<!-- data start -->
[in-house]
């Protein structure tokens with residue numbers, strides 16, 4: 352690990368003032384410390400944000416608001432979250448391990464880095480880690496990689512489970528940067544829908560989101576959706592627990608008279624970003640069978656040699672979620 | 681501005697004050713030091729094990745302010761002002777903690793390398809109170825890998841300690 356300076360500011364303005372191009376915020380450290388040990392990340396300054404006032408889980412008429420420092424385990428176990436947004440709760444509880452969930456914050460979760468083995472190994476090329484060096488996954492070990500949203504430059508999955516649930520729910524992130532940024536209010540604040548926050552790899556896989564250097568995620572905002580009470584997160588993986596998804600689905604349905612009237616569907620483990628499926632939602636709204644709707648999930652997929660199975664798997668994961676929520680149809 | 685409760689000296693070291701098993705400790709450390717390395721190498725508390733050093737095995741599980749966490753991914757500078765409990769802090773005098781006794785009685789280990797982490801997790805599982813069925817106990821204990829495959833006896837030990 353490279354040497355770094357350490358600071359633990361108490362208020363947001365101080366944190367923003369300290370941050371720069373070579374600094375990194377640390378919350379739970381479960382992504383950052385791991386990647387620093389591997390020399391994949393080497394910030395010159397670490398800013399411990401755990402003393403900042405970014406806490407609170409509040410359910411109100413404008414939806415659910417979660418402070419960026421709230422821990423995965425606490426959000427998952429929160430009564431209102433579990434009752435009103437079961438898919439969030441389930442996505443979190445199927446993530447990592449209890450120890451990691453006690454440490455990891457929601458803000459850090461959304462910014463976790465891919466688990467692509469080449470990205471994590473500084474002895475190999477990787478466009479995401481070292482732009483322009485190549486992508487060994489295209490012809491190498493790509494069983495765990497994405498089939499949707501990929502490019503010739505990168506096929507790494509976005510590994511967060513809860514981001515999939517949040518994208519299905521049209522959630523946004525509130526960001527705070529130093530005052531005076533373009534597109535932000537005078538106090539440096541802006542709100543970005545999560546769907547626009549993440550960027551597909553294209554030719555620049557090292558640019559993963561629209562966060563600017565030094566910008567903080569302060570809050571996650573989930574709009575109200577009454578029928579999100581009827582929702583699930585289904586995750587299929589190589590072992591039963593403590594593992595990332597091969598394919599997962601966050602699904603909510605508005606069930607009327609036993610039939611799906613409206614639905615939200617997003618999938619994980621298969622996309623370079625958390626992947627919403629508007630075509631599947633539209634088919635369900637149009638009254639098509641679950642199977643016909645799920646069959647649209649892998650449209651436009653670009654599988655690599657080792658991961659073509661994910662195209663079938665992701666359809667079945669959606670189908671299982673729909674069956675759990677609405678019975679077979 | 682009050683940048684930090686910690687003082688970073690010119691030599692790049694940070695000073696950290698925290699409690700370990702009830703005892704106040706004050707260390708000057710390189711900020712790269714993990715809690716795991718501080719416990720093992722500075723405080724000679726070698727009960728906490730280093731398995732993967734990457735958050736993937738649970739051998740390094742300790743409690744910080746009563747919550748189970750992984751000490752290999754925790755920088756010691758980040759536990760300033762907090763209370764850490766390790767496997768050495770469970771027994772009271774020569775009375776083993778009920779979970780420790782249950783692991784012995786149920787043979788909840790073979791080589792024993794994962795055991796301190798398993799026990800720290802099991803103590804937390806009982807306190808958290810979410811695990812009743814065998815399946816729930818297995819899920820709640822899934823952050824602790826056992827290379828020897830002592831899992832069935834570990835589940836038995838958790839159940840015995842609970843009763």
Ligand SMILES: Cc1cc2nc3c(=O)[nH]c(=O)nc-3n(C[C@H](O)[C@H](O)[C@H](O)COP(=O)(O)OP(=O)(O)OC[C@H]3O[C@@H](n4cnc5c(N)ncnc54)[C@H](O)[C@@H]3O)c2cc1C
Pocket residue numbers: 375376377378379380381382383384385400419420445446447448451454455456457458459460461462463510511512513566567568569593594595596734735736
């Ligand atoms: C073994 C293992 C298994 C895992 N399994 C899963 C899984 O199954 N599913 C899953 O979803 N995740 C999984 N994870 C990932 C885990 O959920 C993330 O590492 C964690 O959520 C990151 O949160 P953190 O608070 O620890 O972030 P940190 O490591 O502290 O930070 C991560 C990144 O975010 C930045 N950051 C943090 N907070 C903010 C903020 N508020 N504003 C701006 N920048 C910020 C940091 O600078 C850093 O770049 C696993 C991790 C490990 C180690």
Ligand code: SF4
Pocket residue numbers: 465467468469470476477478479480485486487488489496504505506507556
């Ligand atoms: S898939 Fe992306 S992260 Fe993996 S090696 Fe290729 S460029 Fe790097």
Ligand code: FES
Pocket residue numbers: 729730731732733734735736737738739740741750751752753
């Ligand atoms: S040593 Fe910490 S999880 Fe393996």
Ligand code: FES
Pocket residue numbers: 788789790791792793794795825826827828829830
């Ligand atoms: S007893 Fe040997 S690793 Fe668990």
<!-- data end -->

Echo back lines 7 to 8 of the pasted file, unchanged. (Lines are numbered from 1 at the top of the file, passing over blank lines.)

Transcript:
Pocket residue numbers: 465467468469470476477478479480485486487488489496504505506507556
């Ligand atoms: S898939 Fe992306 S992260 Fe993996 S090696 Fe290729 S460029 Fe790097």